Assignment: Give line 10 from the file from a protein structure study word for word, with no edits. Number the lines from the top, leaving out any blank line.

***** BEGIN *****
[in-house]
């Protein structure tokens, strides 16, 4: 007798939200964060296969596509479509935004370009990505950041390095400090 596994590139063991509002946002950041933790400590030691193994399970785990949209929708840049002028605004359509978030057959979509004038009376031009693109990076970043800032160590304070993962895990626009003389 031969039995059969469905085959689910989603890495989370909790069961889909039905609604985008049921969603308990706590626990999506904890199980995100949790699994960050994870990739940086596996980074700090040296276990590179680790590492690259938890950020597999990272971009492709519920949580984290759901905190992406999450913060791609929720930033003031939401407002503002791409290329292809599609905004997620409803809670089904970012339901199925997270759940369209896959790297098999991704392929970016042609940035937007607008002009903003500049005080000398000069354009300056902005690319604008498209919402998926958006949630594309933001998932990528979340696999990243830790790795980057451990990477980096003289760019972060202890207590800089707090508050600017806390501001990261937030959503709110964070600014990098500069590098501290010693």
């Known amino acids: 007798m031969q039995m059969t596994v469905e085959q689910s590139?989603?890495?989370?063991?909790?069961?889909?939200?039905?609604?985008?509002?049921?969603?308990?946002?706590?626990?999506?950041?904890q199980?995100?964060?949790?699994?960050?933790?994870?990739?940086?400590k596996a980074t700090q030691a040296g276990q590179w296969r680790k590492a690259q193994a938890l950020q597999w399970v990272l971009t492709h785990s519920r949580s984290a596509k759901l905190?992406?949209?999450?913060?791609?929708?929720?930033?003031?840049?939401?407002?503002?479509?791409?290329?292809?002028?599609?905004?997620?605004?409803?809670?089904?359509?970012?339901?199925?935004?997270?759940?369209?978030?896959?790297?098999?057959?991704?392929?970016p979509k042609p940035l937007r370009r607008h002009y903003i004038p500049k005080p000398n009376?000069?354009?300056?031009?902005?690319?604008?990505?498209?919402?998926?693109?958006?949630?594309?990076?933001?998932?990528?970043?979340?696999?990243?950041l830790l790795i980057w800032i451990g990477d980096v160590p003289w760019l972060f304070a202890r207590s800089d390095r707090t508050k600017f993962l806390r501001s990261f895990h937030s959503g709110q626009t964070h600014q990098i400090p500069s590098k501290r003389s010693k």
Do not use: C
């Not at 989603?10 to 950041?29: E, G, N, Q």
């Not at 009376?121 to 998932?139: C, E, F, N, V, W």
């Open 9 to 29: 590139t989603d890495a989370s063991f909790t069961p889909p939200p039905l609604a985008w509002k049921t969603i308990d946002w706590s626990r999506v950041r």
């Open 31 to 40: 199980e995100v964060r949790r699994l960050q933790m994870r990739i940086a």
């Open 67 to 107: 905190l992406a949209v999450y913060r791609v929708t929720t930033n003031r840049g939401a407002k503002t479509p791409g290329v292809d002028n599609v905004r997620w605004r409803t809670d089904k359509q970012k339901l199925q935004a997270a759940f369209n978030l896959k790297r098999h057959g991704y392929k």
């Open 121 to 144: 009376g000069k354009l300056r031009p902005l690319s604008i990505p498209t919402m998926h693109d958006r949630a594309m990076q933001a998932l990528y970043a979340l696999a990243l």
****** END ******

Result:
């Open 121 to 144: 009376g000069k354009l300056r031009p902005l690319s604008i990505p498209t919402m998926h693109d958006r949630a594309m990076q933001a998932l990528y970043a979340l696999a990243l």